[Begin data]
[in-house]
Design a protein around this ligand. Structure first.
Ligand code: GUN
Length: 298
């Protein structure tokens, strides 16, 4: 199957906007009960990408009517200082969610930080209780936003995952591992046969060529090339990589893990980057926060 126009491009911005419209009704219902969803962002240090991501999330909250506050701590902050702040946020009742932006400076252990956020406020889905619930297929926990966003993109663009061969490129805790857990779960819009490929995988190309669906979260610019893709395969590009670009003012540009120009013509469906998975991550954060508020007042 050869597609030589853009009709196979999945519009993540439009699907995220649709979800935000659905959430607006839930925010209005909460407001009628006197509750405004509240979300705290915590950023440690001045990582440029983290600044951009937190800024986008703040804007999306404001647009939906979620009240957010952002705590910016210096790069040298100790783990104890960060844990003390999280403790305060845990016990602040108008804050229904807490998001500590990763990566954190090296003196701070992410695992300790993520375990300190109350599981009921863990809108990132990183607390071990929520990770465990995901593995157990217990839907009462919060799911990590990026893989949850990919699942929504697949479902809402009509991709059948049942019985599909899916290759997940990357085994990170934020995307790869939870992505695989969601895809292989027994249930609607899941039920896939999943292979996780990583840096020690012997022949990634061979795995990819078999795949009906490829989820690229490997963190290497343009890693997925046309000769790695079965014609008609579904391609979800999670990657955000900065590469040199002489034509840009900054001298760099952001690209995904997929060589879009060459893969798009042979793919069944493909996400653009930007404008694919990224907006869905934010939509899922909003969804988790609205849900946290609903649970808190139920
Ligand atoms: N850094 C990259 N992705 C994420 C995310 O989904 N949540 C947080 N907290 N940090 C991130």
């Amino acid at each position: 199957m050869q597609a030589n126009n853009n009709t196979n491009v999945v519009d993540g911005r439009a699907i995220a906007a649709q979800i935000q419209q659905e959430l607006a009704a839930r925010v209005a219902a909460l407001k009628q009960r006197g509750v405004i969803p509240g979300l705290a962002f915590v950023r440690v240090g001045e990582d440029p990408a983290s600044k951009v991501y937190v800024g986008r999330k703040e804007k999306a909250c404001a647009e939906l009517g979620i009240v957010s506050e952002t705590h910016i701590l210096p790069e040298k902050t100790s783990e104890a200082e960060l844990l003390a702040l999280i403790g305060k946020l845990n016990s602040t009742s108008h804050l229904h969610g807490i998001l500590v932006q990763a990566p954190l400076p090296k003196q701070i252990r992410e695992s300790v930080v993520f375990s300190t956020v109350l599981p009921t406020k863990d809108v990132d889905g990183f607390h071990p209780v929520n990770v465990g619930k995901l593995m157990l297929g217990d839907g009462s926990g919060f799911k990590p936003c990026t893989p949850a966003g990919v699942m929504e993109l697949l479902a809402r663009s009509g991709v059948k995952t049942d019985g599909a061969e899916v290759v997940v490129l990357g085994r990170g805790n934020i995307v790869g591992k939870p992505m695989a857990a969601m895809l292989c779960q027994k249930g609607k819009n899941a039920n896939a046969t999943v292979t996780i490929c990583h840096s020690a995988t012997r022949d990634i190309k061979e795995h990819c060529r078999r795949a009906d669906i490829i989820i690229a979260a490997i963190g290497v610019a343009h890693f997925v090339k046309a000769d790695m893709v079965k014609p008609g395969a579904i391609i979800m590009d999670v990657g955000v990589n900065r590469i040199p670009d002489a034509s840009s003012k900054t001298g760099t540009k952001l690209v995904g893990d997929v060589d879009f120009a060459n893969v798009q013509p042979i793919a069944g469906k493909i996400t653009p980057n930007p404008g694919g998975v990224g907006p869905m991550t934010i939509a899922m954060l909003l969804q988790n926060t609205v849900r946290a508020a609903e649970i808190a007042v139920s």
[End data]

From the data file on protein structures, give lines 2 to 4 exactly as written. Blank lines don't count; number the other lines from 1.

Design a protein around this ligand. Structure first.
Ligand code: GUN
Length: 298